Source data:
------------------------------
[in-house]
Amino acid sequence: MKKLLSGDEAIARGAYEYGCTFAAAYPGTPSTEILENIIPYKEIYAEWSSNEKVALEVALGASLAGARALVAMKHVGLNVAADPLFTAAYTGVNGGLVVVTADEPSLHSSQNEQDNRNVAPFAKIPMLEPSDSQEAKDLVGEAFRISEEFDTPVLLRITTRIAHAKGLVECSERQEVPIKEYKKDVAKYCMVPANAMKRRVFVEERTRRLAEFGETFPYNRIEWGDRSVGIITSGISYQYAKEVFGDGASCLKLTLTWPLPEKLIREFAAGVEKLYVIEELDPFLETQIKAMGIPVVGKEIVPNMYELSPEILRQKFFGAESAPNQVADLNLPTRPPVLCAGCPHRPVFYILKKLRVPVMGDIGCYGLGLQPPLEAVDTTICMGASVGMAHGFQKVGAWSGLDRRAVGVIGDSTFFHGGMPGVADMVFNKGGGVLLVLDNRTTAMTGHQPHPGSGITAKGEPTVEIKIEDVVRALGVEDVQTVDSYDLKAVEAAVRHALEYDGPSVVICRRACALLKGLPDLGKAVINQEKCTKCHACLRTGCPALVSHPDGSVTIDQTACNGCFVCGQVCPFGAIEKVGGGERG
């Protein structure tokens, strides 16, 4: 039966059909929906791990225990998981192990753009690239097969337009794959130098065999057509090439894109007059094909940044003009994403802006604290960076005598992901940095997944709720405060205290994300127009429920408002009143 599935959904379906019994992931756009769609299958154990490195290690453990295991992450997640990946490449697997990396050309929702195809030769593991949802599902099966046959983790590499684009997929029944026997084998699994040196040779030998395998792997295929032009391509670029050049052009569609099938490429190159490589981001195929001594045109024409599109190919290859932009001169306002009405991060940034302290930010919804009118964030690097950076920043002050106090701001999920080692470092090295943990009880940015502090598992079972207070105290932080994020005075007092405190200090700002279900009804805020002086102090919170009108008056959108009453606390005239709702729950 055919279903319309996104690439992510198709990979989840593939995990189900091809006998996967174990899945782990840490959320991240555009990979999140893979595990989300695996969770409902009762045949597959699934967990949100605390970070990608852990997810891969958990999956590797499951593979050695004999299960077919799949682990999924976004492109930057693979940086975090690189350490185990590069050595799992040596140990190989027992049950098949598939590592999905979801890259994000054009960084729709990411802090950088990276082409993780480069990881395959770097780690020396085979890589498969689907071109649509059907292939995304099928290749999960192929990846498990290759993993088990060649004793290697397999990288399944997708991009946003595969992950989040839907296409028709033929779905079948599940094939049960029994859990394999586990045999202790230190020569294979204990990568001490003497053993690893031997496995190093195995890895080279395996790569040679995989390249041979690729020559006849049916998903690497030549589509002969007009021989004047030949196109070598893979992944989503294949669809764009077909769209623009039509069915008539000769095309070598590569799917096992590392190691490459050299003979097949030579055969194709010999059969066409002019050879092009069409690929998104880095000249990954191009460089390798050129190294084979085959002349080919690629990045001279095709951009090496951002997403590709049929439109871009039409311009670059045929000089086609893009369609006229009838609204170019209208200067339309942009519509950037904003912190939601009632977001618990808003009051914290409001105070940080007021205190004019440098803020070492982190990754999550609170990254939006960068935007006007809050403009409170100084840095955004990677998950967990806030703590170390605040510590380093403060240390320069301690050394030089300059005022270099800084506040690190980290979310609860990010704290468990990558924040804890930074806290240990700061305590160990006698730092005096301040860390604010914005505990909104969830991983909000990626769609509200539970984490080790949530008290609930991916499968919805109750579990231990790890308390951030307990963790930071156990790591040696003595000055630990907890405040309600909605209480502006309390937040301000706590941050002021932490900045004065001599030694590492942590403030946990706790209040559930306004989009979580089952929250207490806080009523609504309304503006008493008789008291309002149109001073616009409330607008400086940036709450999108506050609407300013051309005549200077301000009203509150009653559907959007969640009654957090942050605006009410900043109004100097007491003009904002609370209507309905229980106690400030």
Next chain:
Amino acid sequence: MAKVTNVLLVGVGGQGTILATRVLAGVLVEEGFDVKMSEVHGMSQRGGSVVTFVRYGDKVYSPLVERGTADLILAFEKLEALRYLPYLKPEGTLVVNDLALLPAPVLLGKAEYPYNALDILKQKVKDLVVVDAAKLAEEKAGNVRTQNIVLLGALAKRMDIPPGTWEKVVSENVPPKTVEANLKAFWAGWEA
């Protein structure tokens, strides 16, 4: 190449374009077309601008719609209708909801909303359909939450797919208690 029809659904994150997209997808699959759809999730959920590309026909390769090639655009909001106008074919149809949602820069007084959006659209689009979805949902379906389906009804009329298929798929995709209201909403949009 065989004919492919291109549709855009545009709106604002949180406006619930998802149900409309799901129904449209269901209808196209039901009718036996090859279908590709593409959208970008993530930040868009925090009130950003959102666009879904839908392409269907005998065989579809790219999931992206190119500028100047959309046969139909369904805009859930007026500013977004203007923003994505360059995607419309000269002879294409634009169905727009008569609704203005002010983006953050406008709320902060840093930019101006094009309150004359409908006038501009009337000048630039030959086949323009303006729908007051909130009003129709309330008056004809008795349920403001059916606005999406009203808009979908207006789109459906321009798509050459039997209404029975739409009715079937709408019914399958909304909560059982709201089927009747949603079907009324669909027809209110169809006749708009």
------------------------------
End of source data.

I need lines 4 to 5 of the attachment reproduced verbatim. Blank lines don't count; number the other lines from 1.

Next chain:
Amino acid sequence: MAKVTNVLLVGVGGQGTILATRVLAGVLVEEGFDVKMSEVHGMSQRGGSVVTFVRYGDKVYSPLVERGTADLILAFEKLEALRYLPYLKPEGTLVVNDLALLPAPVLLGKAEYPYNALDILKQKVKDLVVVDAAKLAEEKAGNVRTQNIVLLGALAKRMDIPPGTWEKVVSENVPPKTVEANLKAFWAGWEA